According to a recent report by the IMF’s Independent Evaluation Office, the Fund’s effectiveness has been hindered by a “high degree of groupthink, intellectual capture and inadequate intellectual approaches.” The groupthink was founded on the belief that “market discipline and self-regulation [are] sufficient to stave off serious problems in financial institutions.”
Put another way, the IMF believed that the global financial markets should be left to their own devices to chart the contours of economic globalization. As a result, mere months before the financial crisis, the “IMF’s banner message was one of continued optimism and … pointed to a positive near-term outlook and fundamentally sound financial market conditions.” The Fund continued to endorse “light-touch regulation and supervision policies” — policies that we now know contributed to the crisis.
Angela Merkel continues to bat back question on the leadership battle. She feels that in the long-run, of course it does not make sense for the US to automatically head the World Bank and the Euro-zone the Fund. How long is a piece of string?*
Former IMF chief economist Simon Johnson continues to stir things up. After giving Ms Lagarde a less than favourable review last week, he shares some thoughts on why exactly it is so important for Europe to hold onto the IMF. Curious given that a few years ago the EU attitude risked pushing the IMF into insignificance.
Away from the press cameras and microphones, what did Ms Lagarde and Brazilian Finance Minister Guido Mantega talk about? Rumour is that Mantega is willing to back her in exchange for “a strategic position” at the Fund, perhaps that of deputy managing director, traditionally held by the US…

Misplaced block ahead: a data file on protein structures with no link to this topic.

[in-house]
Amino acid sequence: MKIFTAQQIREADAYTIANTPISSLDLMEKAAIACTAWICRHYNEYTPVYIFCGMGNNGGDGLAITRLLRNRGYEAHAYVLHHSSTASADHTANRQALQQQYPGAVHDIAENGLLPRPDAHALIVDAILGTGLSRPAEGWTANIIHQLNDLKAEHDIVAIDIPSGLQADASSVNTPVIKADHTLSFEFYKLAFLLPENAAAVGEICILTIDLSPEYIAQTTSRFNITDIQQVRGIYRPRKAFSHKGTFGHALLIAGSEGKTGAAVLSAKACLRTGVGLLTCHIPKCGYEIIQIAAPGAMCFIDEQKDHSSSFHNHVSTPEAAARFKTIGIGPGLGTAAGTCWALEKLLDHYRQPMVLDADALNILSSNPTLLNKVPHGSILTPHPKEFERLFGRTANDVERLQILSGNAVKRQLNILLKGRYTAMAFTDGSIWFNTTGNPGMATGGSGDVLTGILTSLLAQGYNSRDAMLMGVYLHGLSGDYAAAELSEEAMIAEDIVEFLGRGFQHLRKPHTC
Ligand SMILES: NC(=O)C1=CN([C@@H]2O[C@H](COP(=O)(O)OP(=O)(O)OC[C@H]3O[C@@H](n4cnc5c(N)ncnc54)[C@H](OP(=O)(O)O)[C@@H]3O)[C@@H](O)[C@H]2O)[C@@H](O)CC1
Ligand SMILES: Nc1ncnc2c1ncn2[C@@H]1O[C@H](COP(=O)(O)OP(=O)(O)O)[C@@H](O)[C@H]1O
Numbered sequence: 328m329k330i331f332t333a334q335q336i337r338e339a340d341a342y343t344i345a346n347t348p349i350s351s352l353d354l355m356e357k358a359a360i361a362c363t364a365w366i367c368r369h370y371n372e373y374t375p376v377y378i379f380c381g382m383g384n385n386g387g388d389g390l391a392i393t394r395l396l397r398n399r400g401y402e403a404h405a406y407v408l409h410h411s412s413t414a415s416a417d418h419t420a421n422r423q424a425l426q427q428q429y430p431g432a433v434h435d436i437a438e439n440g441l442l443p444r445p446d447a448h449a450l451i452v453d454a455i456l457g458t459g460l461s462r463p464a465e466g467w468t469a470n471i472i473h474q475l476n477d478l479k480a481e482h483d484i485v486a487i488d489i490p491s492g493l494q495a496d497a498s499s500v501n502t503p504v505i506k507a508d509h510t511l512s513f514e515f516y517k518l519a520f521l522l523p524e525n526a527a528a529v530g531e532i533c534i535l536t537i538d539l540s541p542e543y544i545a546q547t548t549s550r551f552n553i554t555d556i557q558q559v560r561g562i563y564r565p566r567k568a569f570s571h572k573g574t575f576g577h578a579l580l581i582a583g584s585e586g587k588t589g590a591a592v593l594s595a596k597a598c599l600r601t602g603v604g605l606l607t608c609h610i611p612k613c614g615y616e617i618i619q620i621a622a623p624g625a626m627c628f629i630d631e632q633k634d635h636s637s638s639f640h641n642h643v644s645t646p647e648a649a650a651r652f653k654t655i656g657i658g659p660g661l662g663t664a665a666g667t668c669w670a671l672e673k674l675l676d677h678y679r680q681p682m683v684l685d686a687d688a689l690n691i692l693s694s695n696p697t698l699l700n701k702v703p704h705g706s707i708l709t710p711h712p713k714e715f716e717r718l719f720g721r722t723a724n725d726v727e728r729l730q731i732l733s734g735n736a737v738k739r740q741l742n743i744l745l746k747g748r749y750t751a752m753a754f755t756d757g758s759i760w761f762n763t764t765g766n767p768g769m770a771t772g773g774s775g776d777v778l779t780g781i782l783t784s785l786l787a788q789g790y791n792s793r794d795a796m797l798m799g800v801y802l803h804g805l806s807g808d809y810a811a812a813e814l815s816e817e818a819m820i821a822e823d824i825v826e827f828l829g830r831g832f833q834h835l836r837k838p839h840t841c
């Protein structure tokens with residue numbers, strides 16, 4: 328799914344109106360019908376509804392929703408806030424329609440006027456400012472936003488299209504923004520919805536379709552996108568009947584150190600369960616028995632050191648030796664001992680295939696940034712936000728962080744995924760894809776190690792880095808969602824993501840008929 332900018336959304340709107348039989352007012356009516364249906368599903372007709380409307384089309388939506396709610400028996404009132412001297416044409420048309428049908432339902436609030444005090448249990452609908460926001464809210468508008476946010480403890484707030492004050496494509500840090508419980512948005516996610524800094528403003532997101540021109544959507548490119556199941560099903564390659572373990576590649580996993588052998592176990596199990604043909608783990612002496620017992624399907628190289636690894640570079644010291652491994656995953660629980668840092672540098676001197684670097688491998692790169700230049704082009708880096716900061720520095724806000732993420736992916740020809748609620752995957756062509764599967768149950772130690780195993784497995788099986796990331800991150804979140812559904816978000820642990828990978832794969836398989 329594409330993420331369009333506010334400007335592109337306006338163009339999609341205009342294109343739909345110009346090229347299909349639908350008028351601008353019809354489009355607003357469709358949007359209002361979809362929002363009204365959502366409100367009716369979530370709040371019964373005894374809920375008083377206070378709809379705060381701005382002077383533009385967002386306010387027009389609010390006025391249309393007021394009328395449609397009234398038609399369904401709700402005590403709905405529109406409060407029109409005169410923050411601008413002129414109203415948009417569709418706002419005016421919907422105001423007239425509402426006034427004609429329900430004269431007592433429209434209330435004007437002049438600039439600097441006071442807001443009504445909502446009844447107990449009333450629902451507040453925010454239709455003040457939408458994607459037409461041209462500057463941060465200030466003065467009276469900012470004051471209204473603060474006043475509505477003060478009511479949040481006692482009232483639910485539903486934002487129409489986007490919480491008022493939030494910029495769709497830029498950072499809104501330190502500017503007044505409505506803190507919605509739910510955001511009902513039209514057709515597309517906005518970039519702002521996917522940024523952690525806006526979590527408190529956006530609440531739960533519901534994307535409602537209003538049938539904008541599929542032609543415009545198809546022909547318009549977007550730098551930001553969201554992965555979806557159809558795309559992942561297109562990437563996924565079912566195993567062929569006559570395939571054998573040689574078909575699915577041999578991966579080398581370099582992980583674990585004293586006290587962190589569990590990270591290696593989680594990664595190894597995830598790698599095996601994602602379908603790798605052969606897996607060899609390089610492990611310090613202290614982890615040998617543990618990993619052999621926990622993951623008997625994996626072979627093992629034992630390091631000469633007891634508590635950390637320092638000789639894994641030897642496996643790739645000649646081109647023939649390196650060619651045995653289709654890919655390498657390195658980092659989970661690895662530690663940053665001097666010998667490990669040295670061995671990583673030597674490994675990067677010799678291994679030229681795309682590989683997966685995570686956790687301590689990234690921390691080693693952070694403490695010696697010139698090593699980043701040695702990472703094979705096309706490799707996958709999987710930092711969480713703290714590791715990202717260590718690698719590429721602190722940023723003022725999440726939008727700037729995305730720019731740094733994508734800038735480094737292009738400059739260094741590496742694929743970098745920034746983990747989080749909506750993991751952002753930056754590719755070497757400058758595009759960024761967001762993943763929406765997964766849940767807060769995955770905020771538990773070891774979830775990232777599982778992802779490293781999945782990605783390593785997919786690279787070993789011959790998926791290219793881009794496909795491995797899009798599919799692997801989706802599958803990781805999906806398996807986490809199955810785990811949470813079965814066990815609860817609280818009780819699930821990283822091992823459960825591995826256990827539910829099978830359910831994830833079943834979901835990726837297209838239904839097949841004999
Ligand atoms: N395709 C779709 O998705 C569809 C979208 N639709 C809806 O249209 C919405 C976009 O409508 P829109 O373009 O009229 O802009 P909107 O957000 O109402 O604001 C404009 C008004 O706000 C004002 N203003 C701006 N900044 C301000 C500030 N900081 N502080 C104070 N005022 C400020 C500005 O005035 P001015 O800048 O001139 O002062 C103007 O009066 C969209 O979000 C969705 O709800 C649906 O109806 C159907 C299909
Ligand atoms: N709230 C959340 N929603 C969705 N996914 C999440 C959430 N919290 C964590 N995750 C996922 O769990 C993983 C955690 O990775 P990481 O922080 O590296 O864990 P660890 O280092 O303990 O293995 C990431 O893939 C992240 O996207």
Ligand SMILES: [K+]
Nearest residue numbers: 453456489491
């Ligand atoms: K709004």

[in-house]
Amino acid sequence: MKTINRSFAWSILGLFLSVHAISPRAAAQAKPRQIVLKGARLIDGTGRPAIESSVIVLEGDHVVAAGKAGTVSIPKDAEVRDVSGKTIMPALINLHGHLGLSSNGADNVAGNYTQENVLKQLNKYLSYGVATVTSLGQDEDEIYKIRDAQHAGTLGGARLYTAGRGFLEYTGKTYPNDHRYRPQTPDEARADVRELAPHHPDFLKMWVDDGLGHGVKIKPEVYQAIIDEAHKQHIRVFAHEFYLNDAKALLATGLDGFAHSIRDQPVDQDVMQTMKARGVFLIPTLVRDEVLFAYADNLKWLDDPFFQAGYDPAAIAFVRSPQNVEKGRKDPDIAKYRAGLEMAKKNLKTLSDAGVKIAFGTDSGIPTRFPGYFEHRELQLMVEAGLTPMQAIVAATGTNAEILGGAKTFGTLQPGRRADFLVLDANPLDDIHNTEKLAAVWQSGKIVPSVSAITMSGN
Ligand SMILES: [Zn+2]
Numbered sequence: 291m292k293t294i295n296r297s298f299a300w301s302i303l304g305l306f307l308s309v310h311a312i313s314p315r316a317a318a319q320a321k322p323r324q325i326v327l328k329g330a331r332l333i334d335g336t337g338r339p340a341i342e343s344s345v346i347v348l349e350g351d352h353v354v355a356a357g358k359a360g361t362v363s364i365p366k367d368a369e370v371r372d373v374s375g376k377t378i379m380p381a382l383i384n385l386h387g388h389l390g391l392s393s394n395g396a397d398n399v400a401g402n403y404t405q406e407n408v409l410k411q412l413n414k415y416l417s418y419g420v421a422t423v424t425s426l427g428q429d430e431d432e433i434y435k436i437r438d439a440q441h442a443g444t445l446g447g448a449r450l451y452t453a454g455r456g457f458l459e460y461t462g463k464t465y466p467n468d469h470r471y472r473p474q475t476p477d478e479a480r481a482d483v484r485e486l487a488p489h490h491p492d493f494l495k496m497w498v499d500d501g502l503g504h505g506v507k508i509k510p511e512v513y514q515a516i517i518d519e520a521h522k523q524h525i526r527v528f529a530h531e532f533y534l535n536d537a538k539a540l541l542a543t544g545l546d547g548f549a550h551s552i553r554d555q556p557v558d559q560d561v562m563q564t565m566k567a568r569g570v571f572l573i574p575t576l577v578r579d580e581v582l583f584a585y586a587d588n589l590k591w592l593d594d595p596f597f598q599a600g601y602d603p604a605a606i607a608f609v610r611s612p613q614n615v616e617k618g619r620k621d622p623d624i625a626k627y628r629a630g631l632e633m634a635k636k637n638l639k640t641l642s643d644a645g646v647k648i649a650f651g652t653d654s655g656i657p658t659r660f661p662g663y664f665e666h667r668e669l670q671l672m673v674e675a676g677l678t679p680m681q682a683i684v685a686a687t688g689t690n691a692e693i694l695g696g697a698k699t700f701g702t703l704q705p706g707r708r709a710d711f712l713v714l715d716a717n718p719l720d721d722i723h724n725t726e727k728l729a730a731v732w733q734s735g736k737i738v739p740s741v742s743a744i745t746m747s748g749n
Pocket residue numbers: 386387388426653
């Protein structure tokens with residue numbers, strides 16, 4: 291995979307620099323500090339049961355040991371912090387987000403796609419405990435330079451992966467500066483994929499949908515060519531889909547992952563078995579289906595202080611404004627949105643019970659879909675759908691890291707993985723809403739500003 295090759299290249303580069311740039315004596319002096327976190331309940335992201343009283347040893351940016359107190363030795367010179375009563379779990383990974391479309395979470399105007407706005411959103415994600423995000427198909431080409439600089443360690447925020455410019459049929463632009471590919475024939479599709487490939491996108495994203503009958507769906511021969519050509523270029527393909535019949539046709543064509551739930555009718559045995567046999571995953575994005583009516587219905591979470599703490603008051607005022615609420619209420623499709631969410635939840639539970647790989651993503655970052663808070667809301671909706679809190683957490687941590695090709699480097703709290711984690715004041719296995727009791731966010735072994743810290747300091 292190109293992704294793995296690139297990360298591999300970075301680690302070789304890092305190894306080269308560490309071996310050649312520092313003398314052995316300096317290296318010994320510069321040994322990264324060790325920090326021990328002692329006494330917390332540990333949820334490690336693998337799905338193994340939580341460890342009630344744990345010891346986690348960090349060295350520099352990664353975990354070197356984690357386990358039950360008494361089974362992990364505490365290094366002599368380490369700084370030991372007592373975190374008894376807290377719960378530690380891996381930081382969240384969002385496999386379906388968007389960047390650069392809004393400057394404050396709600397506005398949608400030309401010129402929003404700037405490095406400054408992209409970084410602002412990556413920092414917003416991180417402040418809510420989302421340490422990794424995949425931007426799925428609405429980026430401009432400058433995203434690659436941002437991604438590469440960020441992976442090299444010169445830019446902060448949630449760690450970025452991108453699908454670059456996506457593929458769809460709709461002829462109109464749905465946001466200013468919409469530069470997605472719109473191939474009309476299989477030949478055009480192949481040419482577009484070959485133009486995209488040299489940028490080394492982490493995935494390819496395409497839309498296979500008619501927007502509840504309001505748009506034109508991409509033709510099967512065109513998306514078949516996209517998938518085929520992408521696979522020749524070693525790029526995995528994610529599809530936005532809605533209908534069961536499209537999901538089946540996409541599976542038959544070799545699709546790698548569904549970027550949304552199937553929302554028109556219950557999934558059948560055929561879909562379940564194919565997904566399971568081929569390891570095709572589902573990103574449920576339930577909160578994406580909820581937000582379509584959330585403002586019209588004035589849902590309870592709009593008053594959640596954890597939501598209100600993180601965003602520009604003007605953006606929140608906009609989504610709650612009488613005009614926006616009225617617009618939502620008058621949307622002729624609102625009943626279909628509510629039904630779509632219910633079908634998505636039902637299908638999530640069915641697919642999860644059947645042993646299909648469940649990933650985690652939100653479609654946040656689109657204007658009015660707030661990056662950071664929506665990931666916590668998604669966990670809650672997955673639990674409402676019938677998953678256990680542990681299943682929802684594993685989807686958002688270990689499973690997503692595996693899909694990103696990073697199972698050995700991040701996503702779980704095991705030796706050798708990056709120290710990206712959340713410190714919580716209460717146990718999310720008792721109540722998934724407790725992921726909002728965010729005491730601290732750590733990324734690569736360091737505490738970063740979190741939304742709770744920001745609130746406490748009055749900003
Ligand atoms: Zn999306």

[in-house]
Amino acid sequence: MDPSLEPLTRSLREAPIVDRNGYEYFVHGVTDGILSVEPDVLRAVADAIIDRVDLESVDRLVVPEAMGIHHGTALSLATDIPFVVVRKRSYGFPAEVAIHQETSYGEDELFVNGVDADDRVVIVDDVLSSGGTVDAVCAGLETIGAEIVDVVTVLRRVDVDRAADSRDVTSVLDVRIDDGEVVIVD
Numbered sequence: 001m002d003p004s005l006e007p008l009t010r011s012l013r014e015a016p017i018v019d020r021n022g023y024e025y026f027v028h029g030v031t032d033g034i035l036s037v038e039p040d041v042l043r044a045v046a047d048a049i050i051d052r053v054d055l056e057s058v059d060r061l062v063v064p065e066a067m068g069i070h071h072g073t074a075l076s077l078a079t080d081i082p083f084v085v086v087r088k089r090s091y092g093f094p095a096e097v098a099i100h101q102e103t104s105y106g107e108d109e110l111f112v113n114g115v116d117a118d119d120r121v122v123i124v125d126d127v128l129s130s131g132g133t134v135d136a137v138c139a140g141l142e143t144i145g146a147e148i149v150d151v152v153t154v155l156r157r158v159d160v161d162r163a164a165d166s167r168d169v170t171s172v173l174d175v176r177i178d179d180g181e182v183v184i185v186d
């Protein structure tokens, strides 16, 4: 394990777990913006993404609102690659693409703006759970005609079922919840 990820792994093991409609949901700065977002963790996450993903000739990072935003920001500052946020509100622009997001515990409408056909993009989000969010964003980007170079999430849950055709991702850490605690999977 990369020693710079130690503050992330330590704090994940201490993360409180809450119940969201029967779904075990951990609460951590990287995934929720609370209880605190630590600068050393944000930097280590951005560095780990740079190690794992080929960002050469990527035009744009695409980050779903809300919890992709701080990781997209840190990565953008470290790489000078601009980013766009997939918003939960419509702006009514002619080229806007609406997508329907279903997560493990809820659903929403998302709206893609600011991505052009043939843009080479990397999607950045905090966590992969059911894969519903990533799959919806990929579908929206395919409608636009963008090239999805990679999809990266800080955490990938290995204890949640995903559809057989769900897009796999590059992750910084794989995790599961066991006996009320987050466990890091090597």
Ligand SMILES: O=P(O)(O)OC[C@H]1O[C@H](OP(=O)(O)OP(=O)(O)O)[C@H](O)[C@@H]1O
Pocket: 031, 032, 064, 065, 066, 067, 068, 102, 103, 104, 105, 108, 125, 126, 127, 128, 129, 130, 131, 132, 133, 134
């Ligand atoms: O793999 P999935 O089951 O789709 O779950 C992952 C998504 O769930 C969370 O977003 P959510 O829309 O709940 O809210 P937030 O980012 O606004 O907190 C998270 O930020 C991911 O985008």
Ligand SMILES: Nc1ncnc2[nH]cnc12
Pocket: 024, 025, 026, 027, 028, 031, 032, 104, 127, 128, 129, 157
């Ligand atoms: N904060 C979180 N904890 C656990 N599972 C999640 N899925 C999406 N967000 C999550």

Alan Beattie who last week took to twitter with “Dear Emerging Markets: Please stop wittering about open merit-based system for choosing new IMF MD and *nominate someone*. Love, The Media.” Continued to poke at what he sees as the emerging nations apparent lack of conviction and unity, evident in their inability to pick a candidate.
Patience Alan, they’re working on it.
The South African Finance Minister Pravin Gordhan, speaking on behalf of emerging nations reminded reporters that they had until June 10 to name a candidates and that “there’s lots of consultations going on. It’s work in progress.”
This may be the case but with Lagarde’s promotional tour in full swing their chosen candidate may find themselves playing catch up. She started the week in Brazil where she met with the Finance Minister Guido Mantega who early on was oft misreported as being happy with a European head. Brazil’s current stance is more reasoned, stating that they will examine all candidates before lending support although some suggest otherwise. The Brazilians want reform and greater representation for emerging markets. In Brasilia, Lagarde was certainly talking the talk, declaring “if I was elected, I’d make sure that the diversity of members is represented at all levels.”